As of the end of April, corn planting was behind the 5-year average in all Midwest states.

    By May 12, only 30 percent of the nation’s corn acreage had been planted, 36 points behind the 5-year average.

    The corn planting in Illinois as of May 12 was the slowest ever in records dating back to 1979, according to Karen Braun, global agriculture columnist at Thomson Reuters.

    The soybean crop is also way behind schedule. As of May 12, planting stands at just 9 percent — 20 points behind the 5-year average, according to the USDA.

    And the persistent cold and late-season snow in the Dakotas has not allowed the soil to warm up and has prevented crop planting there too, the NCDC reported in its April summary.

    The list of cold-weather impacts goes on and on.

    And you can click here for a more detailed report from weather.com

    More of the Same

    Any hopes of getting corn and soybean planting back on track will likely be washed away starting Friday as a pair of storms threaten torrential rains across the Great Plains and Midwest through next week.

    As much 5 inches will soak soils from South Dakota and Minnesota south to Texas, Oklahoma and Arkansas, according to the U.S. Weather Prediction Center in College Park, Maryland.

    “The severe weather starts on Friday and continues for several days after that,” said Marc Chenard, a senior branch forecaster at the Weather Prediction Center.

    “Another one arrives early next week — Sunday into Monday. It is kind of like a one-two punch with multiple days of severe weather and heavy rainfall.”


    There’s no doubt these planting issues are fast-becoming a serious development.

    And one forewarned by those studying the impacts of past Grand Solar Minimums.

    Expect food prices to skyrocket, as the cold times return.

    Prepare.

    Grow your own.

  13. #4133
    Join Date
    Sep 2012
    Location
    East Central Texas
    Posts
    2,737
    We're finally getting tubs and raised beds set up, and we're expanding the amount of space devoted to fruit and vegetable gardening. DH is cutting pastures (where it's dry enough to cut) to knock back weeds some. We're basically going from sunrise to sunset (with mid-day breaks due to heat) to get as much done as possible before Saturday's severe storms and excessive rainfall predicted as mentioned in the article above. Another system comes in Tuesday, forecasters say. I really worry about hay harvesting again because of all the rainfall and pastures that simply will not dry enough for heavy equipment.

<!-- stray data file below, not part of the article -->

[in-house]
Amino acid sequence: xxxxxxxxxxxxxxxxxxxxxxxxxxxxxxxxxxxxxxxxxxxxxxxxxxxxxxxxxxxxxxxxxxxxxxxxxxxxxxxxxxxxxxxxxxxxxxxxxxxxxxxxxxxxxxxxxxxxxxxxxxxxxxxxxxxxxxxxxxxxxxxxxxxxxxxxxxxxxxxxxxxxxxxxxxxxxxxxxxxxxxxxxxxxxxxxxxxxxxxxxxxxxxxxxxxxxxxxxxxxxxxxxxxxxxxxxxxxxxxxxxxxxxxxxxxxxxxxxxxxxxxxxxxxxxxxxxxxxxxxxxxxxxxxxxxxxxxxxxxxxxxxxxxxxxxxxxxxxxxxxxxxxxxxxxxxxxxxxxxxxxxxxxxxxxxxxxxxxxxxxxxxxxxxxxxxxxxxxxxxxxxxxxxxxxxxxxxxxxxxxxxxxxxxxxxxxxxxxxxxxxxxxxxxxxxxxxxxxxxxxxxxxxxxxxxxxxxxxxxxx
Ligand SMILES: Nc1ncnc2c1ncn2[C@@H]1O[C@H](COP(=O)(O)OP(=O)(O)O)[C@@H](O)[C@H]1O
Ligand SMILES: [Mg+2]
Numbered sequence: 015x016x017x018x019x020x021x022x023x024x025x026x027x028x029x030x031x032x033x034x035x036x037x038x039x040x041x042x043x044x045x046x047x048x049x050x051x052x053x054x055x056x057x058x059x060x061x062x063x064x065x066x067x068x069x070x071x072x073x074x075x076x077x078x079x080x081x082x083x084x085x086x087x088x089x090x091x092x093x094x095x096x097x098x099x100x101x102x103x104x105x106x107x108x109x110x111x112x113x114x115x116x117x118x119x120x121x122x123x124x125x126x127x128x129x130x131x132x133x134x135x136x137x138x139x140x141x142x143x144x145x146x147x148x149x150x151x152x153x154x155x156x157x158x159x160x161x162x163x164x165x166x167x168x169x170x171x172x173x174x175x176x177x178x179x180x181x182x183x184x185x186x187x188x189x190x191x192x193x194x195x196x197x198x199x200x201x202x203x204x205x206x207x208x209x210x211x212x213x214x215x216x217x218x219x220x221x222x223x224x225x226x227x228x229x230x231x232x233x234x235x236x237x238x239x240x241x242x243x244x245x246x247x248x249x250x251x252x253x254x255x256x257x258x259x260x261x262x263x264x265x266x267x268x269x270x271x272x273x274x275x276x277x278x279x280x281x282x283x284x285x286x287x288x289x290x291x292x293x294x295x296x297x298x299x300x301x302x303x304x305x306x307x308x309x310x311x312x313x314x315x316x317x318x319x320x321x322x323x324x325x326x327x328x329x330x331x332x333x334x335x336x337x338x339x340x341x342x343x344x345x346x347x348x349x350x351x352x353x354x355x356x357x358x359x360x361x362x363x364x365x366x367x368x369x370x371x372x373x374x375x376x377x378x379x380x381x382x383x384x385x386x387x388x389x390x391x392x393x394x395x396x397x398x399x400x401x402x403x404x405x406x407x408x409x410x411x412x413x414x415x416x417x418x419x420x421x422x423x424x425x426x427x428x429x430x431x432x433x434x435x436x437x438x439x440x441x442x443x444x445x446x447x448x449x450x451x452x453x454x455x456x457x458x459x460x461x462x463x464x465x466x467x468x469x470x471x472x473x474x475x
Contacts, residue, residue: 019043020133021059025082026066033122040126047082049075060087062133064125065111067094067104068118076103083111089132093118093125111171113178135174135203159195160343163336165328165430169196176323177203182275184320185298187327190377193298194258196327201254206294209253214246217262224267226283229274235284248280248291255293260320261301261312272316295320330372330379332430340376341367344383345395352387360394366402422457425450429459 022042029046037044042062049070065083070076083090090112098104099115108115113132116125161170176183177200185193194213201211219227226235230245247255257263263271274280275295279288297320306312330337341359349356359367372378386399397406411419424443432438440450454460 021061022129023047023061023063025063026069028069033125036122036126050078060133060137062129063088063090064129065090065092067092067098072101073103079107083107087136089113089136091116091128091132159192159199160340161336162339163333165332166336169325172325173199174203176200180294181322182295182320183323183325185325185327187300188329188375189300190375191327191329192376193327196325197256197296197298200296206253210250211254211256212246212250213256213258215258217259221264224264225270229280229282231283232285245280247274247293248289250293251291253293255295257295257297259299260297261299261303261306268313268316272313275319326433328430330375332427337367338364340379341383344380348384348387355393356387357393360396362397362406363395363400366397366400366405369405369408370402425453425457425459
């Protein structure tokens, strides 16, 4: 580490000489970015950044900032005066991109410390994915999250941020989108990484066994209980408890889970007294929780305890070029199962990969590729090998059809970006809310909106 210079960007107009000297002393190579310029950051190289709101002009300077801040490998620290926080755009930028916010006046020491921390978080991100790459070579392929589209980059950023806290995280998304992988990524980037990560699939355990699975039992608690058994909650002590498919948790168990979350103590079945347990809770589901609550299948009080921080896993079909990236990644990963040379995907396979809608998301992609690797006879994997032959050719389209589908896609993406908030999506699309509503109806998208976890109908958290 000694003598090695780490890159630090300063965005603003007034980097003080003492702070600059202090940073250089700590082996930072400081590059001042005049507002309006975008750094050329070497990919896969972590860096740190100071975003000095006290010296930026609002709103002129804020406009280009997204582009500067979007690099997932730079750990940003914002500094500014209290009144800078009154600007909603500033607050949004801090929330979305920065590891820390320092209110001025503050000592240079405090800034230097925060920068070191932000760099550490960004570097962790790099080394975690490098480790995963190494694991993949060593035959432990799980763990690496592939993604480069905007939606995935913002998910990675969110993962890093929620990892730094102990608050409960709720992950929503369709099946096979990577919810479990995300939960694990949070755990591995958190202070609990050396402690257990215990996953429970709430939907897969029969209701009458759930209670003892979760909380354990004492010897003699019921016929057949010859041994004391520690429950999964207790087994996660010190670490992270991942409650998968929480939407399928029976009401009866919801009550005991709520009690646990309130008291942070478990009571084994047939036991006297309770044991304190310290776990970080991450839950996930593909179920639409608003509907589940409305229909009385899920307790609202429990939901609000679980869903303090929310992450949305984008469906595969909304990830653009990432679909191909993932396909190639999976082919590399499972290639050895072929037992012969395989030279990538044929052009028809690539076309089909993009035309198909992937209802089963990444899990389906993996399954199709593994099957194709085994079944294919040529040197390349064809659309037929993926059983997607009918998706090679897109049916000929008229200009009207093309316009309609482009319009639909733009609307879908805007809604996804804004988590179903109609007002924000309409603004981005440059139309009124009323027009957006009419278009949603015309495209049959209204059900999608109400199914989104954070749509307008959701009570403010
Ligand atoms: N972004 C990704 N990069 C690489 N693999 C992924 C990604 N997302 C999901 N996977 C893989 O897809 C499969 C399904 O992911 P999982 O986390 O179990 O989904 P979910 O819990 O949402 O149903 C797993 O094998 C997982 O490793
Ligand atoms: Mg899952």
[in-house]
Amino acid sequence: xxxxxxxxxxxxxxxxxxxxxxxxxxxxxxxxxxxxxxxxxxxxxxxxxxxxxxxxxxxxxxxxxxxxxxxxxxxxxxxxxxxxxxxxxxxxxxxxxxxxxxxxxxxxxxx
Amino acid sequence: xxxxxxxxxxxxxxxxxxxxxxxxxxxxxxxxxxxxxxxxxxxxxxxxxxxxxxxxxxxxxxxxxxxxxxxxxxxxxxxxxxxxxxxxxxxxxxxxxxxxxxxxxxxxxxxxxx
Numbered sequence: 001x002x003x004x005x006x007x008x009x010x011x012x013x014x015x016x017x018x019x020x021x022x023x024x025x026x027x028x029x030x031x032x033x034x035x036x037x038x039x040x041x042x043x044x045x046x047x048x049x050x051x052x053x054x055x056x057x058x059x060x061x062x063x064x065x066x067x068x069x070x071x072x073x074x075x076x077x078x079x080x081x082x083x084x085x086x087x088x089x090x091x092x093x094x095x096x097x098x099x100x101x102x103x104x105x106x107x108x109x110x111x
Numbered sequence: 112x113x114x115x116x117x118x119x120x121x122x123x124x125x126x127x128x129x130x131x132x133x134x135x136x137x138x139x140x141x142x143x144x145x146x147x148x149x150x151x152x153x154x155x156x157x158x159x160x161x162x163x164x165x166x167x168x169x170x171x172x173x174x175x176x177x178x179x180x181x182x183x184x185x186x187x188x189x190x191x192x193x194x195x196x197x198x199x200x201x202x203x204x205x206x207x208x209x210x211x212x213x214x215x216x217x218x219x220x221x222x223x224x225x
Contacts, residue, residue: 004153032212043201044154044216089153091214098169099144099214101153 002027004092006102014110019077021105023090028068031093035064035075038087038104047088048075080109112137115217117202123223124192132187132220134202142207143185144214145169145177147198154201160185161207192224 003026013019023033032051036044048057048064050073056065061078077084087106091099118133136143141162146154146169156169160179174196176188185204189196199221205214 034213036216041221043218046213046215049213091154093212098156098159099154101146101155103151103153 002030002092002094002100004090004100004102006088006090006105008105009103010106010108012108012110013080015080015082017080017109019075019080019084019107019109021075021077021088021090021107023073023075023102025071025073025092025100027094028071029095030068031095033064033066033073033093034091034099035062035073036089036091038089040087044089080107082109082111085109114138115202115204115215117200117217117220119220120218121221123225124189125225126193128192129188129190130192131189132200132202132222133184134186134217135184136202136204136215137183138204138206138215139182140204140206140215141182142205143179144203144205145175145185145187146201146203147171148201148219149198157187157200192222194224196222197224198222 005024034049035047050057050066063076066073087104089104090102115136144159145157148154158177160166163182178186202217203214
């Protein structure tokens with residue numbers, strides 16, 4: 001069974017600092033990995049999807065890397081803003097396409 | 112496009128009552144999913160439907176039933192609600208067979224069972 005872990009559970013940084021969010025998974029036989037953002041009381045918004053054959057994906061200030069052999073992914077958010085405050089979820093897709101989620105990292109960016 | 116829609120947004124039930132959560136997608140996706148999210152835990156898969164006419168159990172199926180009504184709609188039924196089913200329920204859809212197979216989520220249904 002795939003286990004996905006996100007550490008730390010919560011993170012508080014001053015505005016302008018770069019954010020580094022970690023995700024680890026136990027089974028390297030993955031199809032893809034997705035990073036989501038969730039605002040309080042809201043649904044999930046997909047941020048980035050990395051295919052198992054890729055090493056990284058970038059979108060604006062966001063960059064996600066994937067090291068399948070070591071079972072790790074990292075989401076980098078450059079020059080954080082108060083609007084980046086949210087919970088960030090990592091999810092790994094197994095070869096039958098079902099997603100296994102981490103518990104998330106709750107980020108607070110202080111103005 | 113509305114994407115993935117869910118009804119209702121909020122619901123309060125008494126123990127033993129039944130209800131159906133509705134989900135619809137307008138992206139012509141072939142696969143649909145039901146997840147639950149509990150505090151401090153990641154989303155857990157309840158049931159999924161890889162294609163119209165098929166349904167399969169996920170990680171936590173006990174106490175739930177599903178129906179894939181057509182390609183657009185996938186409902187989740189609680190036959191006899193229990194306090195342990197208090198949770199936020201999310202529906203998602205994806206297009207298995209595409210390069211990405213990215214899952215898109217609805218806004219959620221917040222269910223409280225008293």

We have an explosion of skunks, raccoons, rabbits, voles, mice, and snakes this spring. It would be nice if the snakes would take the mice and voles, they're focusing on our eggs instead. I'm guessing all the rainfall is flooding out their normal hiding spaces. Calving continues, we think just one more to go. We did a light breeding last year, so far one deceased heifer calf we had to pull, two bull calves and one heifer. Hoping the last one is a heifer, we'll have to band the boys in the near future.

    I'll try to keep up with the GSM news posting in between all of the above :-)

    Martinhouse, I think all the forecasted rainfall is heading your way!

  14. #4134
    TxGal, our rain is forecast to hit Saturday PM/Sunday AM, more or less. Then again later into next week.

    I made a huge decision a couple of days ago and the result happened this morning and I am terribly relieved and also terribly distressed by it. I will probably cry on and off for days as I gave away all my chicks and my two rabbits. They were all absolutely gorgeous and I loved them, but I just can't take care of them any more. I should not have gotten those chicks.

    Anyway, I gave them and all that goes with them to a wonderful family who live north of me on a whole "mountain" top and have huge peach orchards. They are the main peach people in my area. The older couple had four or five kids and she told me she now has 18 grandchildren. Until recently she home-schooled all of her grandchildren until they were ready for high school. Boys and girls both have been taught to cook and sew and grow gardens and raise and care for animals. I have also given them the containers I had cut from barrels this spring and dirt to go into them, and plants I can't make a place to plant. They will come back for the soil and containers after school is out and they have some bigger boys to help them. She will be getting a good start on Bocking 14 comfrey from me then, too.

    Since I wouldn't take any money from them, they are going to help me redo the bad soil in the containers I set up a year ago plus they are going to clean up the chick cage in my greenhouse for me. They will take the 150# of whole corn and the 150# of laying pellets I bought last fall and never used after the raccoons did their dirty work on my little flock of chickens. They also have pigs and she is going to ask her guys to take all my old no-good stored feed and see if the pigs will accept it. I have a lot of the disposable blue water cooler jugs full of dry cat food and dog food and I will ask her if she wants that for her pigs, too, although chickens love dry cat food so she may use it for her big chickens .